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Gray seals congregate on Billingsgate Shoal near Wellfleet Harbor in 2007. Photo by Jim Canavan, Woods Hole Oceanographic Institution.
White shark tagging expedition sets sail (July 31), Shark Week segment The Return of Jaws features REMUS technology (Aug. 5), and WHOI scientists and engineers share latest research at public event (Aug. 7)
As mythic as sharks are, surprisingly little is known about these apex ocean predators. Scientists and engineers at Woods Hole Oceanographic Institution (WHOI) are teaming up with strategic partners to gather crucial scientific data on these elusive creatures and to inform the public about their findings.
Beginning July 31, WHOI scientists will collaborate with the non-profit shark research organization OCEARCH on a month-long expedition to tag white sharks and collect valuable blood and tissue samples off the coast of Cape Cod. The OCEARCH vessel is uniquely equipped to catch, tag, and bio-sample sharks before they are released.
Little is known about population sizes and movements of many large shark species.
What they eat, how often they eat, where they breed
“We’re missing the very basics: what they eat, how often they eat, where they breed. There’s a real knowledge gap,” said Simon Thorrold, WHOI senior scientist, who will conduct research aboard the M/V OCEARCH.
The expedition will help scientists collect the information needed to inform potential conservation and public safety strategies for Cape Cod’s white sharks.
“I’ve been studying shark ecology, life history, and behavior for just about 30 years. And the reason I do that is so we can have the best available, most comprehensive information on how these animals live, ultimately so we can manage them at sustainable levels,” said Greg Skomal, WHOI adjunct scientist and MA Marine Fisheries biologist who will lead the research aboard the M/V OCEARCH.
Top of the food chain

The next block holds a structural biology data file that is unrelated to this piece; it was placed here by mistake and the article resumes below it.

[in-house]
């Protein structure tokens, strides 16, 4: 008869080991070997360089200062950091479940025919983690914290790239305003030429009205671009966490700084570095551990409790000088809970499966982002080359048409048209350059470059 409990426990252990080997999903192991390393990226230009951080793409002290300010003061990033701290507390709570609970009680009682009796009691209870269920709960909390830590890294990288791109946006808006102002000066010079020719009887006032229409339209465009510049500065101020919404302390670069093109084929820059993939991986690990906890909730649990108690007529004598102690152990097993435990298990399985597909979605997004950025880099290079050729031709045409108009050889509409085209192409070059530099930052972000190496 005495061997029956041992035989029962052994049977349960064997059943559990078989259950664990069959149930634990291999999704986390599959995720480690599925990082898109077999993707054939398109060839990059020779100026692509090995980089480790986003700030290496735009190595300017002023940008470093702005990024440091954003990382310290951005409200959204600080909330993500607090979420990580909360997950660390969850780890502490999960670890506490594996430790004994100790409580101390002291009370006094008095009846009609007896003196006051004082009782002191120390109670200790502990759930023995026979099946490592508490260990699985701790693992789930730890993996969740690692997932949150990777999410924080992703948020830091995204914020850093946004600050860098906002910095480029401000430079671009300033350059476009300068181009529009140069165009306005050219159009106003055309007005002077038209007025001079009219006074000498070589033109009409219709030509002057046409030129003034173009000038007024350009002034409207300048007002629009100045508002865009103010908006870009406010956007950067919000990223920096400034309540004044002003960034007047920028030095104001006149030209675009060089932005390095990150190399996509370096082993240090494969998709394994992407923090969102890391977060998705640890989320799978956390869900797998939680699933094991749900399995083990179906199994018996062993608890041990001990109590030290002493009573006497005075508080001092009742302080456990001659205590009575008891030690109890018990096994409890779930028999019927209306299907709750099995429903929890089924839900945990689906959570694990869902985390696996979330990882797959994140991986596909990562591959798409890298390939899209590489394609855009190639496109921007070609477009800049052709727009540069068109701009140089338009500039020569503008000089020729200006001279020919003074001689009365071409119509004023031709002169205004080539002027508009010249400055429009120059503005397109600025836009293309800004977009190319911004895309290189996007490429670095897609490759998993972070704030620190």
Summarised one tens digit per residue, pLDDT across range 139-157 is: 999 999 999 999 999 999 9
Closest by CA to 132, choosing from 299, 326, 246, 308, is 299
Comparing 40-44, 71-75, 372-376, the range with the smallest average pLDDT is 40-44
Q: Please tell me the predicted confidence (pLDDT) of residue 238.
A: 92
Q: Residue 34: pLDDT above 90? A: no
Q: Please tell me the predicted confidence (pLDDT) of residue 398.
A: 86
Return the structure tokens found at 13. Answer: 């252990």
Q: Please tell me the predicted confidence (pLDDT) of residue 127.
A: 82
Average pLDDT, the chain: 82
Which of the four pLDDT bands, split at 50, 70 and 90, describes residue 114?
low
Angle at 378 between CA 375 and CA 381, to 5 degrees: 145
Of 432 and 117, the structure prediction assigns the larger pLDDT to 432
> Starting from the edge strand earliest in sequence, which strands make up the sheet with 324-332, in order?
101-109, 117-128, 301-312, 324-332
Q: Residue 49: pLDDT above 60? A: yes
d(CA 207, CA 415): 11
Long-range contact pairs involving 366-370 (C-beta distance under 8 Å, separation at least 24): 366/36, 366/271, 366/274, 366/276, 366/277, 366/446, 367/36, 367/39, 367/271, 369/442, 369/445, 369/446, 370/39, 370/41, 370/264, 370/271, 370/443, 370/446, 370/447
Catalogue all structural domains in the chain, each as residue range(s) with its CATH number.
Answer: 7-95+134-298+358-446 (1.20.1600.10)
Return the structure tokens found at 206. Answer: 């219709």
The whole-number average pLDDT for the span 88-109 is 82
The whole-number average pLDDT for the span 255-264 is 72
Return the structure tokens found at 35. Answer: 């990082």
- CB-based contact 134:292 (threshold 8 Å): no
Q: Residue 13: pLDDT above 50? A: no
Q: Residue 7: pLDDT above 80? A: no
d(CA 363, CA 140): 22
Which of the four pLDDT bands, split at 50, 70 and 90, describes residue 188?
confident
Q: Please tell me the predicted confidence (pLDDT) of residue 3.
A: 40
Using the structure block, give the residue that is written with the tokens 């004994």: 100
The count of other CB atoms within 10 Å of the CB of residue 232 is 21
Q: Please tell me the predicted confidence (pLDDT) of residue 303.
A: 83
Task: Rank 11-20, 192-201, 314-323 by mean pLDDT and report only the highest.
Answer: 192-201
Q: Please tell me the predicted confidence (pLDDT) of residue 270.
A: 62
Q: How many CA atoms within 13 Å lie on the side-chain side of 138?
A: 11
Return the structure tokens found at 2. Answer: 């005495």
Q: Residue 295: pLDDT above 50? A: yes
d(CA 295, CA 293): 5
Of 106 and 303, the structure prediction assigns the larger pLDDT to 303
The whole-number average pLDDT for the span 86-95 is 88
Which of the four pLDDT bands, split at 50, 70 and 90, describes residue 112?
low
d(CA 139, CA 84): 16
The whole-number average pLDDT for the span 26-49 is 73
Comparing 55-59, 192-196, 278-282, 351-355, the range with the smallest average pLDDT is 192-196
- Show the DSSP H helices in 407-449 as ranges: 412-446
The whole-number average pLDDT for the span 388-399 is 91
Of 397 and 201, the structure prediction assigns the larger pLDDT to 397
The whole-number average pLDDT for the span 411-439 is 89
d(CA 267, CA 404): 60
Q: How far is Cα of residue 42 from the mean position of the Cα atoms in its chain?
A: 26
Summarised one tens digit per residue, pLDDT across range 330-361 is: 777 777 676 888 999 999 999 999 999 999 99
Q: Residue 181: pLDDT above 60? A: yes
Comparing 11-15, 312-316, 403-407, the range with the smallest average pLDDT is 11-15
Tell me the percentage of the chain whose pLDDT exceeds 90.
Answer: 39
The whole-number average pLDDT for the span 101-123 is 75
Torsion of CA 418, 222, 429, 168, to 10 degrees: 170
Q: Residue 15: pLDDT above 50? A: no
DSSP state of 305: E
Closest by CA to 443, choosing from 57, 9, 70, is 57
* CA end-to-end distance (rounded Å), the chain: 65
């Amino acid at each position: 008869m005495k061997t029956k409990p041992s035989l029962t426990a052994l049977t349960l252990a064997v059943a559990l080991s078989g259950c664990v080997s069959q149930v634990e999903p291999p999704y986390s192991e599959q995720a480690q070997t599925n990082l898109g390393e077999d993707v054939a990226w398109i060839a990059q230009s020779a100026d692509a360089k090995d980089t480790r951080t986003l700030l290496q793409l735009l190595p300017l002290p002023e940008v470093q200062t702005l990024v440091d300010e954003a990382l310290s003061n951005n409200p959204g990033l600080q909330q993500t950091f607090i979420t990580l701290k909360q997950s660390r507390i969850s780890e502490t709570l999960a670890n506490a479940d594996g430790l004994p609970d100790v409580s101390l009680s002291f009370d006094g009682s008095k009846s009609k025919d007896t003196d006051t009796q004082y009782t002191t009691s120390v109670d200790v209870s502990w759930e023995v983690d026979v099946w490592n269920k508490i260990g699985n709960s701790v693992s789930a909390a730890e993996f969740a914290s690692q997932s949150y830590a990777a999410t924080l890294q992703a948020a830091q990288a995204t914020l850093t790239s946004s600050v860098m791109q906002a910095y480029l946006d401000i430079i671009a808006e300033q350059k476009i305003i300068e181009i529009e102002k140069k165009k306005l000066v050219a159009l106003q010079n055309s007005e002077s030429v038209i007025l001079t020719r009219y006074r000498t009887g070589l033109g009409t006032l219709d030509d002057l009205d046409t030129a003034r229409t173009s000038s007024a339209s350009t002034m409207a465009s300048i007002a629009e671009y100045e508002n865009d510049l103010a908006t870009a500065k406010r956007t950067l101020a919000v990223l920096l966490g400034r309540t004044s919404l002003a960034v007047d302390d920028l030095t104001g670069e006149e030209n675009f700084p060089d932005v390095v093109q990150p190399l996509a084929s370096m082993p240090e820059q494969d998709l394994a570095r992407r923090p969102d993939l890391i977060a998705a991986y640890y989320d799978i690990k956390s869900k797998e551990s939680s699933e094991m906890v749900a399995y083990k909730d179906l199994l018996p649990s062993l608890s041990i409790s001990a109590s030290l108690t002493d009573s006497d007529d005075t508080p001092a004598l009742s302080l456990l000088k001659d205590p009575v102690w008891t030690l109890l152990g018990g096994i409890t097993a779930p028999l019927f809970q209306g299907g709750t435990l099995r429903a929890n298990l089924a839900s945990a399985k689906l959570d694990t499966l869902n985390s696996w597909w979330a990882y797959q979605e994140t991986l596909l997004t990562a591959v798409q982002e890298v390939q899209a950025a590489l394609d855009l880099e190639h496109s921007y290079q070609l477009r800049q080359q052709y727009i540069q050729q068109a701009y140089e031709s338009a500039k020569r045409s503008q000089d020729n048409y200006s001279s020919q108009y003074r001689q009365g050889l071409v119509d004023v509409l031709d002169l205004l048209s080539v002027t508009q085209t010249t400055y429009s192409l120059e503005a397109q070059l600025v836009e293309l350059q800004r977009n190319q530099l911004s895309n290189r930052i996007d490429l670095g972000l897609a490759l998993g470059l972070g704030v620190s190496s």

As apex or top-of-the-food chain predators, fluctuations in shark numbers can affect the entire marine food web.
“Sharks do the same things lions do in Africa and tigers in Asia,” Thorrold said. “Apex predators play important roles in maintaining ecological diversity.”
Preliminary research has found that many of these white sharks travel to remote oceanic habitats in the central North Atlantic Ocean, which makes it challenging for scientists to study them. Also, many of the individual white sharks are transient and do not stay in the waters off Cape Cod for long. This gives scientists a narrow window of opportunity to gather data on them while they pass through.
Until recently, scientists have been limited in their ability to observe white sharks. But engineers in WHOI’s Oceanographic Systems Lab, which invented the autonomous underwater vehicle REMUS, have developed with funding from the Discovery Channel new technologies to gather information on these creatures in their natural habitat. Some of these advances will be unveiled on Discovery Channel’s “Shark Week” on Mon., Aug. 5 at 9 p.m.
Great white shark and gray seal populations on Cape Cod
To raise awareness about the white shark and gray seal populations in Cape Cod waters, WHOI will host a free public forum on Wed., Aug. 7 with presentations from the scientists and engineers who study these species. “White Sharks/Gray Seals: Chasing the Cape’s Most Charismatic Predators” will be held in the Redfield Auditorium located at 45 Water Street in Woods Hole from 7 p.m. to 8:30 p.m. Adjacent to the auditorium, a “discovery” tent will feature displays and hands-on educational activities about the range of shark and seal research conducted at WHOI. The tent activities will begin at 5:30 and run until 9 p.m. Space for the public event is limited. Reservations can be made online at http://www.whoi.edu/events/sharksandseals or by calling the WHOI Information Office at (508) 289-2252.
Hear from WHOI scientists about their latest research at the Science Made Public talks every Tuesday at 3 p.m. throughout July and August at the WHOI Exhibit Center Auditorium located at 15 School Street in Woods Hole. On Aug. 20, WHOI engineer Amy Kukulya will talk about the new technology she helped develop to track white sharks like never before. On Aug. 27, WHOI-MIT joint program biology student Li Ling Hamady will talk about her research identifying the age of sharks through chemical analyses of their vertabrae. For more information, call (508) 289-2700.
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